Why would a US government that overlooks suffering around the world and poverty at home be ready to invest $150 billion in Iraq over the course of two years?... The war was about oil, specifically about a long-standing and simplistic US vision about the need to militarize the Persian Gulf in order to ensure the steady flow of petroleum.
The repeated outcome of this policy, however, has been "blowback"... US leadership has not understood, or perhaps cared, that others in the world do not want to be pawns in a plan for US hegemony. Thus, every time we install a government or embrace an autocrat in the region, we also foment unrest and instability.

More evidence that the Republican establishment is turning against the neocon war-makers. former Assistant Secretary of State James P. Rubin criticizes them in the mainstream journal Foreign Affairs. Stumbling Into War. This piece is described as a must read by Robert Kuttner in a recent op-ed piece: Neo-cons have hijacked US foreign policy.

Even Republican Senators are getting fed up with Bush Administration lies, er, deception: Bush's 'perfect storm'

The government adds insult to injury with wounded soldiers: Wounded billed for hospital food.

Walter Cronkite's comment on the changing US policy towards the UN: Latest Iraq Casualty: Our National Prestige

Now we may have "Costgate": The $87 Billion Question

Weisman, using Yale University economist William D. Nordhaus as a source, also noted that the $166 billion that has been spent or requested exceeds "the inflation-adjusted costs of the Revolutionary War, the War of 1812, the Mexican War, the Civil War, the Spanish American War and the Persian Gulf War combined" and "approaches the $191 billion inflation-adjusted cost of World War I."

British Prime Minister Tony Blair was warned by his intelligence chiefs that an attack on Iraq would increase the terrorist threat to Britain: Report reveals Blair overruled terror warning

Another impassioned Robert Fisk piece: Folly Taken To A Scale We Haven't Seen Since WWII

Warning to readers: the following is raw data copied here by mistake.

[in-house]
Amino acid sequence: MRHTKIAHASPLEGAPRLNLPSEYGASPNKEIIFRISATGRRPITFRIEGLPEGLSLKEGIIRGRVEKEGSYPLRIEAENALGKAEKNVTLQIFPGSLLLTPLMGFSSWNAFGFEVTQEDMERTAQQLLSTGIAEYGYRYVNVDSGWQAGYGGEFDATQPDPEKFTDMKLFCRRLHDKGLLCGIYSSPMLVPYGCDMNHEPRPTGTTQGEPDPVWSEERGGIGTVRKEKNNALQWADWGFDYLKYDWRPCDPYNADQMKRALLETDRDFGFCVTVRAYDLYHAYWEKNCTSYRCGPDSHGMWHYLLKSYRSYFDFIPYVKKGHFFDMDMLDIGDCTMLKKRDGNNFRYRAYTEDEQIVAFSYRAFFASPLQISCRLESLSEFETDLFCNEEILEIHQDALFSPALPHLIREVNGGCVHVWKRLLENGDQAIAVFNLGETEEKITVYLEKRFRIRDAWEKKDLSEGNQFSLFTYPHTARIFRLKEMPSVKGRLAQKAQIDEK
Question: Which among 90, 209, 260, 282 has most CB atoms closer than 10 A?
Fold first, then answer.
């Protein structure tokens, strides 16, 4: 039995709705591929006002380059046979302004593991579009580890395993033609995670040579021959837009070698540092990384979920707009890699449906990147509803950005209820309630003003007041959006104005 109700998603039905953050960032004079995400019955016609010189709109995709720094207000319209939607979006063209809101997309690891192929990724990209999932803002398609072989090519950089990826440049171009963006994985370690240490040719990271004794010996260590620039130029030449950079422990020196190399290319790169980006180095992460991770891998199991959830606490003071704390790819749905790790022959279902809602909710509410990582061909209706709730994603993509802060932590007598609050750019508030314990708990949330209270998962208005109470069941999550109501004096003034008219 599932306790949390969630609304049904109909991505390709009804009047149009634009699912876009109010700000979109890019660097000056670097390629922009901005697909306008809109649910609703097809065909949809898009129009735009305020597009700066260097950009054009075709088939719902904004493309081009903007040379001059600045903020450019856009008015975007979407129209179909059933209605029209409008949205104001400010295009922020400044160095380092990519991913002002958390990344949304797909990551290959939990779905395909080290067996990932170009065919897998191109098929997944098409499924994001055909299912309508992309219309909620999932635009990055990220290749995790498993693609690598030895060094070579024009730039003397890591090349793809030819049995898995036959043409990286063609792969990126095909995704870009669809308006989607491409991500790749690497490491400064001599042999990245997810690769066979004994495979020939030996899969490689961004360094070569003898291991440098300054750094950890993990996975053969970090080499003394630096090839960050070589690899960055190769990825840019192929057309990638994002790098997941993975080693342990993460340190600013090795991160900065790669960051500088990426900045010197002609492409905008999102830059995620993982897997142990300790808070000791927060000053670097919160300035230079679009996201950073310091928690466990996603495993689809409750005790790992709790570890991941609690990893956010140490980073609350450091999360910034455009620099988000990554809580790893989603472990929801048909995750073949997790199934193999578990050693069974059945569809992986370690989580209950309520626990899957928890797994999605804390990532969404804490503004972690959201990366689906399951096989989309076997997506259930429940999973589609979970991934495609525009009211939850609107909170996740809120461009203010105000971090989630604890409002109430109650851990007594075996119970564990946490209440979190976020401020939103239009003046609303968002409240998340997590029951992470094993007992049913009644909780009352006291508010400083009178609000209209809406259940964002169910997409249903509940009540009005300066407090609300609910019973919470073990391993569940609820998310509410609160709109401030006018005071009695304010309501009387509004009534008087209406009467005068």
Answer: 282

Another reminder of Vietnam: Monthly costs of Iraq, Afghan wars approach that of Vietnam

An international women's rights organization opposes a new UN resolution endorsing the US Iraq occupation: Women’s Organization Opposes New UN Resolution on Iraq

The repression of dissident voices continues: Anti-War U.S. Marine Sentenced to Six Months in Jail

The latest source for analysis of the Iraq occupation and resistance is the classic film the Battle of Algiers, which Special Operations is showing at the Pentagon. Here is an analysis by Sheila K. Johnson and a New York Times piece suggesting that the US occupiers are studying the film to learn how to use torture more systematically to break the resistance. Sheila Johnson on battling our way to Algiers & What Does the Pentagon See in 'Battle of Algiers'?.

Retired Marine Gen. Anthony Zinni, a former U.S. commander for the Middle East lambastes the Bush administration Iraq planning. The vultures are circling. Ex-Envoy Criticizes Bush's Postwar Policy

"My contemporaries, our feelings and sensitivities were forged on the battlefields of Vietnam, where we heard the garbage and the lies, and we saw the sacrifice," said Zinni, who was severely wounded while serving as an infantry officer in that conflict. "I ask you, is it happening again?"

Michael Meacher MP, a former British environment minister from May 1997 to June 2003 analyzes the reasons the US went to war against Iraq. If only some US politicians would speak so bluntly! This war on terrorism is bogus: The 9/11 attacks gave the US an ideal pretext to use force to secure its global domination . This analysis has created quite an uproar in Britain: Meacher sparks fury over claims on September 11 and Iraq war

[Meacher:] No serious attempt has ever been made to catch Bin Laden. In late September and early October 2001, leaders of Pakistan's two Islamist parties negotiated Bin Laden's extradition to Pakistan to stand trial for 9/11. However, a US official said, significantly, that "casting our objectives too narrowly" risked "a premature collapse of the international effort if by some lucky chance Mr Bin Laden was captured". The US chairman of the joint chiefs of staff, General Myers, went so far as to say that "the goal has never been to get Bin Laden" (AP, April 5 2002). The whistleblowing FBI agent Robert Wright told ABC News (December 19 2002) that FBI headquarters wanted no arrests....
The conclusion of all this analysis must surely be that the "global war on terrorism" has the hallmarks of a political myth propagated to pave the way for a wholly different agenda - the US goal of world hegemony, built around securing by force command over the oil supplies required to drive the whole project.

Contained in this Tomgram is Jonathan Schell's important piece, soon to appear in the Nation: The Importance of Losing: Letter From Ground Zero

Brian Whitaker is rather cynical about claims the US has turned the corner in Iraq; Iraq's fresh start may be another false dawn: The coalition needs peacemakers not peacekeepers

James Carroll calls on the US government and the American people to recognize now that the Iraq war is lost and withdraw before thousands, or more, loose their lives. Facing the Truth About Iraq

Occupation Resistance Analysis